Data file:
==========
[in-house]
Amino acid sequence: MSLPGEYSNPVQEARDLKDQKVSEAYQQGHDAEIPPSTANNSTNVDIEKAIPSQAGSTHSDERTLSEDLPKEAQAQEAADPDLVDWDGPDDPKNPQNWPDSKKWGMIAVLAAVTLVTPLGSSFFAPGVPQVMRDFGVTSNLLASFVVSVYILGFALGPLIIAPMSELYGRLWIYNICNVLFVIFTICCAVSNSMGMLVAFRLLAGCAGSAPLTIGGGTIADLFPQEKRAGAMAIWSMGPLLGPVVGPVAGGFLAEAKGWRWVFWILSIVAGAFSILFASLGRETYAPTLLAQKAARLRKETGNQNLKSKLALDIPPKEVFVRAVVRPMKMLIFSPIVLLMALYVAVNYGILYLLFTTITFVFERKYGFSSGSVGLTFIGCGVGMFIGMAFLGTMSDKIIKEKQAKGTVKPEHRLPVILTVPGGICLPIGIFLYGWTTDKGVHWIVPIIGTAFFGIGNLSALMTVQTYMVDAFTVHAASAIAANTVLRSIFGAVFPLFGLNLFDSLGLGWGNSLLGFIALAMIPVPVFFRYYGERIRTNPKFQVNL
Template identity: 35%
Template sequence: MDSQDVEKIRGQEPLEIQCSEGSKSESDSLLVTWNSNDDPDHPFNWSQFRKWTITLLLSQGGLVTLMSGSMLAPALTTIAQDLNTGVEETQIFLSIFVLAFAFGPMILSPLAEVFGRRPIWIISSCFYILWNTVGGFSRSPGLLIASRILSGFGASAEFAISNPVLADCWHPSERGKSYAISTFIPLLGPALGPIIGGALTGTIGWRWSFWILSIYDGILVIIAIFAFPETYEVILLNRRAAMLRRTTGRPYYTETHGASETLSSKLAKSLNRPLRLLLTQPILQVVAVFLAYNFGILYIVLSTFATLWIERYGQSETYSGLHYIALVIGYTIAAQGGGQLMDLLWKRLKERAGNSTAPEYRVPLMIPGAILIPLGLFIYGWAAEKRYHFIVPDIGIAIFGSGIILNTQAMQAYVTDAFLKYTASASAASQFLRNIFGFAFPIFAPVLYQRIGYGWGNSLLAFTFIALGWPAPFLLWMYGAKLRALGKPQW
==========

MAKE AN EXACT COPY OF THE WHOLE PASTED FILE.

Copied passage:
[in-house]
Amino acid sequence: MSLPGEYSNPVQEARDLKDQKVSEAYQQGHDAEIPPSTANNSTNVDIEKAIPSQAGSTHSDERTLSEDLPKEAQAQEAADPDLVDWDGPDDPKNPQNWPDSKKWGMIAVLAAVTLVTPLGSSFFAPGVPQVMRDFGVTSNLLASFVVSVYILGFALGPLIIAPMSELYGRLWIYNICNVLFVIFTICCAVSNSMGMLVAFRLLAGCAGSAPLTIGGGTIADLFPQEKRAGAMAIWSMGPLLGPVVGPVAGGFLAEAKGWRWVFWILSIVAGAFSILFASLGRETYAPTLLAQKAARLRKETGNQNLKSKLALDIPPKEVFVRAVVRPMKMLIFSPIVLLMALYVAVNYGILYLLFTTITFVFERKYGFSSGSVGLTFIGCGVGMFIGMAFLGTMSDKIIKEKQAKGTVKPEHRLPVILTVPGGICLPIGIFLYGWTTDKGVHWIVPIIGTAFFGIGNLSALMTVQTYMVDAFTVHAASAIAANTVLRSIFGAVFPLFGLNLFDSLGLGWGNSLLGFIALAMIPVPVFFRYYGERIRTNPKFQVNL
Template identity: 35%
Template sequence: MDSQDVEKIRGQEPLEIQCSEGSKSESDSLLVTWNSNDDPDHPFNWSQFRKWTITLLLSQGGLVTLMSGSMLAPALTTIAQDLNTGVEETQIFLSIFVLAFAFGPMILSPLAEVFGRRPIWIISSCFYILWNTVGGFSRSPGLLIASRILSGFGASAEFAISNPVLADCWHPSERGKSYAISTFIPLLGPALGPIIGGALTGTIGWRWSFWILSIYDGILVIIAIFAFPETYEVILLNRRAAMLRRTTGRPYYTETHGASETLSSKLAKSLNRPLRLLLTQPILQVVAVFLAYNFGILYIVLSTFATLWIERYGQSETYSGLHYIALVIGYTIAAQGGGQLMDLLWKRLKERAGNSTAPEYRVPLMIPGAILIPLGLFIYGWAAEKRYHFIVPDIGIAIFGSGIILNTQAMQAYVTDAFLKYTASASAASQFLRNIFGFAFPIFAPVLYQRIGYGWGNSLLAFTFIALGWPAPFLLWMYGAKLRALGKPQW